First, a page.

The other day I was looking through my spam folder (as normal people often do), and found what is quite likely the worst possible outreach email. This is probably why Gmail decided it wasn't even worth showing me in the first place. Let's dissect!
From: Mark Martel Subject: Hello, Are you looking for App Development?
is the America's most trusted app development company for startups and enterprises. We work with cool clients and make apps that excite us. We don't settle - and neither should you when it's time to hire a mobile app development company.
A strong intro with the botched mail merge forgetting to put in my name which they apparently don't have. Unless you are in a relationship with me, let's not be calling me "Dear".
If for some reason I haven't already trashed this email after the first word, the first full line is 100% all "me me me". Our company is the most trusted. We only work with cool clients. We only make apps that excite us. We don't settle. Swell! I too like to think I'm kind of a big deal like everyone else.
We're ready to build your mobile success. I would appreciate if you can reply back to me with the best time & number to reach you to discuss your project in detail.
Our expertise is in following areas:
- Android Application
- iPhone Applications
- iPad Applications
- Enterprises level Applications
- GPS/Location based Applications
- Field Force Management Application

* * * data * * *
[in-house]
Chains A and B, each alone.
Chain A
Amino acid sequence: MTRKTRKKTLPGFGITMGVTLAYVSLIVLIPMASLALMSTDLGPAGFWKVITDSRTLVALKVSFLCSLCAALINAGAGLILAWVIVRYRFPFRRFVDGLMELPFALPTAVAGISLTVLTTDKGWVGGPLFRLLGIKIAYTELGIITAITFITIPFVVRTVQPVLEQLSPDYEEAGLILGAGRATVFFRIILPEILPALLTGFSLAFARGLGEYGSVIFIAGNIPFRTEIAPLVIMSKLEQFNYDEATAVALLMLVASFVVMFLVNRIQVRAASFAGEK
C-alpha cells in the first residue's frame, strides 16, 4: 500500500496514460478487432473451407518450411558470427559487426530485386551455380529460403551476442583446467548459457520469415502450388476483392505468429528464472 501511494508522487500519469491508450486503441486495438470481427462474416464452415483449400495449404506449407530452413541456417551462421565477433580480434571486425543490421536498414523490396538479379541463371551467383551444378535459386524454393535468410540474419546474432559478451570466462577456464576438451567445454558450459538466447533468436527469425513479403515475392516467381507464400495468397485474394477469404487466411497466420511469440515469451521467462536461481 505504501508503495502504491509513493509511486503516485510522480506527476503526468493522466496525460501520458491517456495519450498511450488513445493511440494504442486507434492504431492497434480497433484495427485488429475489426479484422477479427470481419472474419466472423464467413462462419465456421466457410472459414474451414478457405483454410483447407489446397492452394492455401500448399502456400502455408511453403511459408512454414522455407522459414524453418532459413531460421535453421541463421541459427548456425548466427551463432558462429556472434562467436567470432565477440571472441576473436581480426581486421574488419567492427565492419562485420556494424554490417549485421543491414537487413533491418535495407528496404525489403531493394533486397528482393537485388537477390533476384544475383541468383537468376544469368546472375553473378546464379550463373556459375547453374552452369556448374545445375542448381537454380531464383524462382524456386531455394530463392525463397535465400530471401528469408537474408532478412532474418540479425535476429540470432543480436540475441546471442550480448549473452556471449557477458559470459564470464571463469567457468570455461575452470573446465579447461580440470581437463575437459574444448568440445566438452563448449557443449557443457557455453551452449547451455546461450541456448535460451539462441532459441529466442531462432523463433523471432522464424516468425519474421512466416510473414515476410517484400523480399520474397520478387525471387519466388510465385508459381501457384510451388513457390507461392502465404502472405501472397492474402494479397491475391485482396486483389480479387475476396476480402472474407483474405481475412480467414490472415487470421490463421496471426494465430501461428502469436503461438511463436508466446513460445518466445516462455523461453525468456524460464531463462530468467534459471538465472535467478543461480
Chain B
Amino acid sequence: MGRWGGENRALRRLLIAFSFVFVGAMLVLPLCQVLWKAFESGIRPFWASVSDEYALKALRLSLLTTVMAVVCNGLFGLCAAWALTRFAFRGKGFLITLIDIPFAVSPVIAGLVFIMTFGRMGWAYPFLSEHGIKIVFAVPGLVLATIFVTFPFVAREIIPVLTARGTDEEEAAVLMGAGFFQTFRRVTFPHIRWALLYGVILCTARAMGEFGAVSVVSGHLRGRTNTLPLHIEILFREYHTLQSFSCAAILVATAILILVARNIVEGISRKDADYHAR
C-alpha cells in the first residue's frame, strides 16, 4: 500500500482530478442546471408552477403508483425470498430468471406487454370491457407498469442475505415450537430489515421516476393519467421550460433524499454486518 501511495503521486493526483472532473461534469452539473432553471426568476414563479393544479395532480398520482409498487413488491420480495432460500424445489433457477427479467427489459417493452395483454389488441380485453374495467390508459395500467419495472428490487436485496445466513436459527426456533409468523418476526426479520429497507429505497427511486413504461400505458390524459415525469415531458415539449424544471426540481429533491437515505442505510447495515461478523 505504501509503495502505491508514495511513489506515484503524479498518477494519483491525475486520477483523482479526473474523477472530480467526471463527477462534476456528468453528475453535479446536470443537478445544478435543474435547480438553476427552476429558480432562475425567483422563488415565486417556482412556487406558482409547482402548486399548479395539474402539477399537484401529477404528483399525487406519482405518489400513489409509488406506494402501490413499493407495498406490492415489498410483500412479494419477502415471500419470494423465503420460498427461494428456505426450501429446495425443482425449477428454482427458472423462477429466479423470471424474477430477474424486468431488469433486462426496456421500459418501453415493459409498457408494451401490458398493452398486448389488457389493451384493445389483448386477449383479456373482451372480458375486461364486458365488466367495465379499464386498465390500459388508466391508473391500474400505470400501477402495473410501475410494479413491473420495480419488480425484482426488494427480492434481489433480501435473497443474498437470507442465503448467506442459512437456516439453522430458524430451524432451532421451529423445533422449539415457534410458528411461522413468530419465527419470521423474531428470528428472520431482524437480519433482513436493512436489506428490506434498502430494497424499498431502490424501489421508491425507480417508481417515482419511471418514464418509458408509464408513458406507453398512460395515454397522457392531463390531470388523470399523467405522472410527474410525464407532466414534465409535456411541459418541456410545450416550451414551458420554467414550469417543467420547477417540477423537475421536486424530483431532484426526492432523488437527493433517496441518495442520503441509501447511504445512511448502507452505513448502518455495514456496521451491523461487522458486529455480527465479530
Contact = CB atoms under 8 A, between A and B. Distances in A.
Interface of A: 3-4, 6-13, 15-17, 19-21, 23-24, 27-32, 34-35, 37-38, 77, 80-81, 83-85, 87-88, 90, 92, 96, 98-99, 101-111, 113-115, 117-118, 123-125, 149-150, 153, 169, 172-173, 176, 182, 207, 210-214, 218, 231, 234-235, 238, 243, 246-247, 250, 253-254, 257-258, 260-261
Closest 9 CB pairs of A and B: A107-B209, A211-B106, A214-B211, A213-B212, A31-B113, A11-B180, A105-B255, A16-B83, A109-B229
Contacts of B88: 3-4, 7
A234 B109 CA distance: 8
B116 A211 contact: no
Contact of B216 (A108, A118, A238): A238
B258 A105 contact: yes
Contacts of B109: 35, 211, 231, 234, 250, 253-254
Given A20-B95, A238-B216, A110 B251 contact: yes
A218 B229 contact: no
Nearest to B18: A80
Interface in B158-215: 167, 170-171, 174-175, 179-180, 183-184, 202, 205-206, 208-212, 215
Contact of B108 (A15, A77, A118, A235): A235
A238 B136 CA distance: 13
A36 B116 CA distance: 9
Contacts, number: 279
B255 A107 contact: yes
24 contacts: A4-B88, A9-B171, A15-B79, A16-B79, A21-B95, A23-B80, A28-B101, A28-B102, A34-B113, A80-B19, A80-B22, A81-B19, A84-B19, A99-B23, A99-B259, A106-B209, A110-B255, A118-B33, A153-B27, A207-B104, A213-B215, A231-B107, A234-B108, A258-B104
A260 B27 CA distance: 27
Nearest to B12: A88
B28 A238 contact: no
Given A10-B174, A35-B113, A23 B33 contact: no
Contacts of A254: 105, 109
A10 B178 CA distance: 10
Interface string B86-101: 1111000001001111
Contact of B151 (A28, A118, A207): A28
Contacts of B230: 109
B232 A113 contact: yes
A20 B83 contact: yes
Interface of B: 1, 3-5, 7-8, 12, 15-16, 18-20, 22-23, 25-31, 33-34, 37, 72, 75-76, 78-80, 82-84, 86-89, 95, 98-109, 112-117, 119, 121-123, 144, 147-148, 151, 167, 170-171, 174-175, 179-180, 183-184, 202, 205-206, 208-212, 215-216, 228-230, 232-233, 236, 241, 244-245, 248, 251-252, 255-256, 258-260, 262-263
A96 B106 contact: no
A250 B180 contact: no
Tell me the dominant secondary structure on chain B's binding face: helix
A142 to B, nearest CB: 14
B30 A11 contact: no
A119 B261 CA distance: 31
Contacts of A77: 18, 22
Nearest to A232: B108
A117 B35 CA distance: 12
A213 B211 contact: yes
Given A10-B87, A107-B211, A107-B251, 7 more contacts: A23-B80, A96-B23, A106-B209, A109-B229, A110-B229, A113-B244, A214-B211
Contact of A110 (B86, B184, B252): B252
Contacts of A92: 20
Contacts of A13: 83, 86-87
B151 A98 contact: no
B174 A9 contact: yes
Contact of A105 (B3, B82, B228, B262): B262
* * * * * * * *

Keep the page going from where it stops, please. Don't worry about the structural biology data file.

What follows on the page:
- Travel Based Mobile App Development
- GPS Based Real Time Application
- Business Based App Development
- News Based App Development
- Ecommerce Based App Development
- Finance/Banking Application
- Sports Based App Development
- Address Book Applications
- Health, Fitness Based App Development
- Social Networking (Facebook/ Twitter)
- Calendar based Apps
- Weather Reporting Based App Development
Oh boy, now I have homework. Not only do I have to sift through this giant list of even more irrelevant categories, you want me to give you my phone number? Someone I've literally never heard of until now? And we'll discuss this project you seem to think I have laying around ready to hand off if only somebody emailed me about!
Are you are interested? Click Here to Get a FREE Quote.
Building World-beating Apps is our Business!
Regards, Brandon Miller
Yes, we've been over this before a few lines earlier. You are literally the greatest thing in the world.
Am I interested? No! You did no research to even consider if I was. I'm definitely not clicking that link.
And my favorite part: Mark sent this message, but it's signed Brandon! If you are going to use a CRM tool, don't botch the mail merge! Nothing says "I don't care at all about you" than feeling like you are sending this exact email out to everyone you know.